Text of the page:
Joseph Aldy, who served as special assistant to the president for energy and environment between 2009 and 2010, said the White House and its Senate allies were focused on getting Midwestern Democrats and centrist Republicans to produce a measure that could be reconciled with the House bill.
“I remember meeting with staff from a lot of different offices,” Aldy said. “I don’t remember Sanders’s staff being that engaged.”
Sanders was focused at the time on passing the Affordable Care Act, according to current and former Hill staffers.
The legislation never came to the Senate floor for a vote.
The Senate abandoned its effort to pass a climate bill in mid-2010, and Sanders joined McKibben and others in fighting a federal permit for the Keystone XL pipeline, slated to transport tar sands oil from Canada to the U.S. Gulf Coast.
Under pressure from Democratic activists, Obama denied the permit in 2015, citing concerns over its impact on climate change. But President Trump gave the project a greenlight in 2017.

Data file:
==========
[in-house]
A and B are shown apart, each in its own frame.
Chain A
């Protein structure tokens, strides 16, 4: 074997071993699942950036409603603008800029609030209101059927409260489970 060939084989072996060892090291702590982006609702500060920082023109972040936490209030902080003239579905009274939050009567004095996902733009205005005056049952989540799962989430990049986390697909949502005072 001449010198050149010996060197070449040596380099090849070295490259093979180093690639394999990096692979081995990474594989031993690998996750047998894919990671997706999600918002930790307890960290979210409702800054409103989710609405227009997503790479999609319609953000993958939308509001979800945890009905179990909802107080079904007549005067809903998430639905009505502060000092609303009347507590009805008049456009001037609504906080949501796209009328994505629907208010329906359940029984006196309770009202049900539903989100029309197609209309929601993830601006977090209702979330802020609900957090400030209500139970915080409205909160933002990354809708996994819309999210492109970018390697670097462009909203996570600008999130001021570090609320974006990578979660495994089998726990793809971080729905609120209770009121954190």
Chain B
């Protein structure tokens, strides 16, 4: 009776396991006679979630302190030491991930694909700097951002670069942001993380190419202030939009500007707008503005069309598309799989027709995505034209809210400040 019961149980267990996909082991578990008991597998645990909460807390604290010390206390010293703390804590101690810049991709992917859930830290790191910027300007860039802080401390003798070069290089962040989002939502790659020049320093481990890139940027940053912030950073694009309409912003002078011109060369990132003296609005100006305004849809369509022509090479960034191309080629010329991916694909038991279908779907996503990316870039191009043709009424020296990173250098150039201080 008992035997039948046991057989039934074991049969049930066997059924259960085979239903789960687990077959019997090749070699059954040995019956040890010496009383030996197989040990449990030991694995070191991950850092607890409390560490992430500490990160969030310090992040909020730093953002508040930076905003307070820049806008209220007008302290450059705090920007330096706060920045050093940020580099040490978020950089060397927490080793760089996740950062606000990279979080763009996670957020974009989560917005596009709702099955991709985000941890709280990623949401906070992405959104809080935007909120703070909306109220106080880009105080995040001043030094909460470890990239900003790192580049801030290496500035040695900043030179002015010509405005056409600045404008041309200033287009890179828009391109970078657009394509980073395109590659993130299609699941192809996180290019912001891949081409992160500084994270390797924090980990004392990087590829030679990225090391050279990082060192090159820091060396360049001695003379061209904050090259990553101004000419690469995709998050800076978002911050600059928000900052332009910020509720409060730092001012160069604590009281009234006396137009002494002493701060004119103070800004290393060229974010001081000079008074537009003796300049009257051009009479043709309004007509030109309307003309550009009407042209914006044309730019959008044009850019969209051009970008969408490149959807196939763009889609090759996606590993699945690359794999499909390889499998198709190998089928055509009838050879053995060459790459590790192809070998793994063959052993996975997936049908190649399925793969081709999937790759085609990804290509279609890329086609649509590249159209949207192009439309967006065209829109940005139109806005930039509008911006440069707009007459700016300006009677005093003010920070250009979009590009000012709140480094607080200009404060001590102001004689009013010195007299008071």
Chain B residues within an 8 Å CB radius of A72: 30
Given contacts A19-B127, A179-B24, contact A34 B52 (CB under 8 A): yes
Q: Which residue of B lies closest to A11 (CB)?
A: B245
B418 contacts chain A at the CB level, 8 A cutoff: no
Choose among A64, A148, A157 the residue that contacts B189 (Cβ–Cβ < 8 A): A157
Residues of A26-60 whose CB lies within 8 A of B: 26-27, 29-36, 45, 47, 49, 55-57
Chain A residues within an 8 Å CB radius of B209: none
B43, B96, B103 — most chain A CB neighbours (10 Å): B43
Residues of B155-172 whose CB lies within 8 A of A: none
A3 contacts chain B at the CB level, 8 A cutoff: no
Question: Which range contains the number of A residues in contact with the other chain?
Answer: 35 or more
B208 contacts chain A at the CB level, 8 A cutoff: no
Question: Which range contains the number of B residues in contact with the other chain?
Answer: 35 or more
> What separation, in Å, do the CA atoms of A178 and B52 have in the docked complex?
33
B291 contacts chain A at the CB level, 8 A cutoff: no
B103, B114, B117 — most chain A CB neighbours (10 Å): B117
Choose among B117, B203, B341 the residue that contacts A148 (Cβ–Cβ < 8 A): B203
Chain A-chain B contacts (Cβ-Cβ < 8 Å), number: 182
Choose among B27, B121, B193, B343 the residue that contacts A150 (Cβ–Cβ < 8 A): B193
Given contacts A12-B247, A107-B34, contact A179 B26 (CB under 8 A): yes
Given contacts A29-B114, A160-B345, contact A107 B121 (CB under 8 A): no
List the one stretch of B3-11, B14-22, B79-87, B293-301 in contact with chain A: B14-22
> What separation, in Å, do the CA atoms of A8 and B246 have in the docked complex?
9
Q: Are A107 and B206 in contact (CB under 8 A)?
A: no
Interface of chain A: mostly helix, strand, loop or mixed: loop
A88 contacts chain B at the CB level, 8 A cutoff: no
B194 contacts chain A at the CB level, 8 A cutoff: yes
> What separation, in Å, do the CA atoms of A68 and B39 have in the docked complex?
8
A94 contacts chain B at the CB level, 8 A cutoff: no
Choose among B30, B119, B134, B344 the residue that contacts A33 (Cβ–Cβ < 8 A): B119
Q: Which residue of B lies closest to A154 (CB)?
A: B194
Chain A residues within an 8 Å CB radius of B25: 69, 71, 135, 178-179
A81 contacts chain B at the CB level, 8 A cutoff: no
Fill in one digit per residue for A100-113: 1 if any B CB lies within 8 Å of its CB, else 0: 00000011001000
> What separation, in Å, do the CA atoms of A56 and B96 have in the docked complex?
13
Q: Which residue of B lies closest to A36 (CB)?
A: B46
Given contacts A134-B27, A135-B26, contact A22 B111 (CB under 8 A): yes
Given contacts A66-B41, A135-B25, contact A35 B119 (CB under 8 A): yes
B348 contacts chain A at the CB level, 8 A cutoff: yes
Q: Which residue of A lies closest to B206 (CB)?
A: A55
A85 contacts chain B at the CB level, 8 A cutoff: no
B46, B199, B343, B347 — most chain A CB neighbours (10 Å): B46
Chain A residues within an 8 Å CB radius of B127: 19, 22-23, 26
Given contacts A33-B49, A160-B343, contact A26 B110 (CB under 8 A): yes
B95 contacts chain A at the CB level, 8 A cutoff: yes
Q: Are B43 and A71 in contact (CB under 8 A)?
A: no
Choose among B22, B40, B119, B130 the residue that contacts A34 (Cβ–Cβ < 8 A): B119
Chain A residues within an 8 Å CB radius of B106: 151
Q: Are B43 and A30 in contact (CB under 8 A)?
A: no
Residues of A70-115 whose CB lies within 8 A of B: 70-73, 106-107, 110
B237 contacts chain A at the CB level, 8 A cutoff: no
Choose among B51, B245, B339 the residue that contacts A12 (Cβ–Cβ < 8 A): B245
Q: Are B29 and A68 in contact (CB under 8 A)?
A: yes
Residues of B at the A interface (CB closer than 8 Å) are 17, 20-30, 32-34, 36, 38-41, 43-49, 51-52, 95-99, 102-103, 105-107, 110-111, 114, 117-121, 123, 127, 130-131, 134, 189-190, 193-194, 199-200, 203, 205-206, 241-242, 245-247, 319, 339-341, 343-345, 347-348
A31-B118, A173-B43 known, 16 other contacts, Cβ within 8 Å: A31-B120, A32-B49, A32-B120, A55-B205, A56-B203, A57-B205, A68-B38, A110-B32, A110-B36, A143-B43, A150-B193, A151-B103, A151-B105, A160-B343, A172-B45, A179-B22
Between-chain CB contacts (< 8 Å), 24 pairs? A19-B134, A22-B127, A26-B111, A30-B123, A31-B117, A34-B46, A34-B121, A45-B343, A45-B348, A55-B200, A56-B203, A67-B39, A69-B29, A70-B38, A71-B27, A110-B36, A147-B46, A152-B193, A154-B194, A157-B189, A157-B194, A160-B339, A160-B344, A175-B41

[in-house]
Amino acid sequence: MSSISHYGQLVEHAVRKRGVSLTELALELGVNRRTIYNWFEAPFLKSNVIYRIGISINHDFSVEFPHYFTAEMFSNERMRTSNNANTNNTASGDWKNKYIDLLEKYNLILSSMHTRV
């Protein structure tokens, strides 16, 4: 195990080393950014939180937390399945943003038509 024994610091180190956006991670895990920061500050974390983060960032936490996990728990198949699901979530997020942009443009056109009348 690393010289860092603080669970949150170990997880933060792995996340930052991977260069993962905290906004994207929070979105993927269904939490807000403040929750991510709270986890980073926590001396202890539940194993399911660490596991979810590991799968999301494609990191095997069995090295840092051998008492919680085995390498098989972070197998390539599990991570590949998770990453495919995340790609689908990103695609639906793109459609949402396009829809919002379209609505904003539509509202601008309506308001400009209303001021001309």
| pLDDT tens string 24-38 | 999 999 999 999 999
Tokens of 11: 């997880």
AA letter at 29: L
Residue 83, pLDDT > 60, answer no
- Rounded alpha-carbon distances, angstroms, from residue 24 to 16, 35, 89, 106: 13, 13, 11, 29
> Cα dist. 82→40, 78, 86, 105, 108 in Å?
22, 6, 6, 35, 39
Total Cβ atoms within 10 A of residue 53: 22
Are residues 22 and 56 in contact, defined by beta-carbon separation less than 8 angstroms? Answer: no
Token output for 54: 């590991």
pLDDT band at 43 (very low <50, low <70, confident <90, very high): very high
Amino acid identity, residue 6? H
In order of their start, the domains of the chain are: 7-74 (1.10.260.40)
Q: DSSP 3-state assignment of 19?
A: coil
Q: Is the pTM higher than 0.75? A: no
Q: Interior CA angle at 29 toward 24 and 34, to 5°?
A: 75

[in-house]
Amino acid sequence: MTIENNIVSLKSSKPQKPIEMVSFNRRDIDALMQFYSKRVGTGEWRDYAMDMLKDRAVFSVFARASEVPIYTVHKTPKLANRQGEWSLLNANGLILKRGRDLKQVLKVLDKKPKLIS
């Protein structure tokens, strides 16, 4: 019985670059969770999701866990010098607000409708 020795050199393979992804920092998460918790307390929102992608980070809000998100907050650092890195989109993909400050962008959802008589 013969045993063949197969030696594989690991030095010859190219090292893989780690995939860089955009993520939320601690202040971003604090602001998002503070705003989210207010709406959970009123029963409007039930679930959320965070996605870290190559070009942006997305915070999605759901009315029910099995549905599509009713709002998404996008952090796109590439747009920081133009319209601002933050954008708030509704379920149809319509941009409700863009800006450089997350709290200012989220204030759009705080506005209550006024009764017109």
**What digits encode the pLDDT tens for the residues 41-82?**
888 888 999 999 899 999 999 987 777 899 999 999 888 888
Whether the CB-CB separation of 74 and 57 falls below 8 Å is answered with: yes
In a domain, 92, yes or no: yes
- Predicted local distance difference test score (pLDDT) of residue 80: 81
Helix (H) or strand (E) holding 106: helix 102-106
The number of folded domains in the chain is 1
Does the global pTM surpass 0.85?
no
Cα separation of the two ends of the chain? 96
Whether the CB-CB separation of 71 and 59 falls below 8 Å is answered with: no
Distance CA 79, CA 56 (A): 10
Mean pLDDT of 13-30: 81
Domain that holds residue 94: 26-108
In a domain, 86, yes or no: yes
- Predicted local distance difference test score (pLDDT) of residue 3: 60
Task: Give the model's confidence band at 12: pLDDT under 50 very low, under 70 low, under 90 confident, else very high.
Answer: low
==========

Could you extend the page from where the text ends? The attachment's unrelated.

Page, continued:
Sanders co-authored the first “keep it in the ground” bill in 2015 aimed at blocking any new fossil fuel extraction from federal lands or waters. He helped craft the Green New Deal resolution, which would spend trillions of dollars in an effort to bring the nation’s net greenhouse gas emissions to zero within a decade, and proposed eliminating the fracking of oil and gas nationwide.
None of those efforts have gained traction among Republicans needed for passage.
Since Trump took office, Sanders has routinely skipped hearings of the Environment and Public Works Committee, on which he serves. Of 82 hearings in the past three years he has attended two, according to committee records. He was the only minority member of the panel not to speak in an all-night speech-a-thon opposing Scott Pruitt, former administrator of the Environmental Protection Agency.
Sanders’s aides said he has focused on mobilizing grass-roots opposition to Trump in recent years, even when that’s meant missing hearings or votes.
Left-leaning climate groups such as the Sunrise Movement and Extinction Rebellion have endorsed Sanders, saying that he is more committed to their cause than Biden.
While Biden has endorsed “keep it in the ground” and the idea of rejoining a global climate agreement aimed at cutting the world’s carbon output, his climate plan costs a fraction of Sanders’s and imposes fewer restrictions on natural gas production.
“Leading with half-baked solutions that don’t energize the base, and might fully rely on market mechanisms that do not solve the crisis, can actually further alienate the people we need to win transformative economic climate policy,” said Lauren Maunus, legislative manager for the Sunrise Movement.
Jose A. Del Real contributed to this report.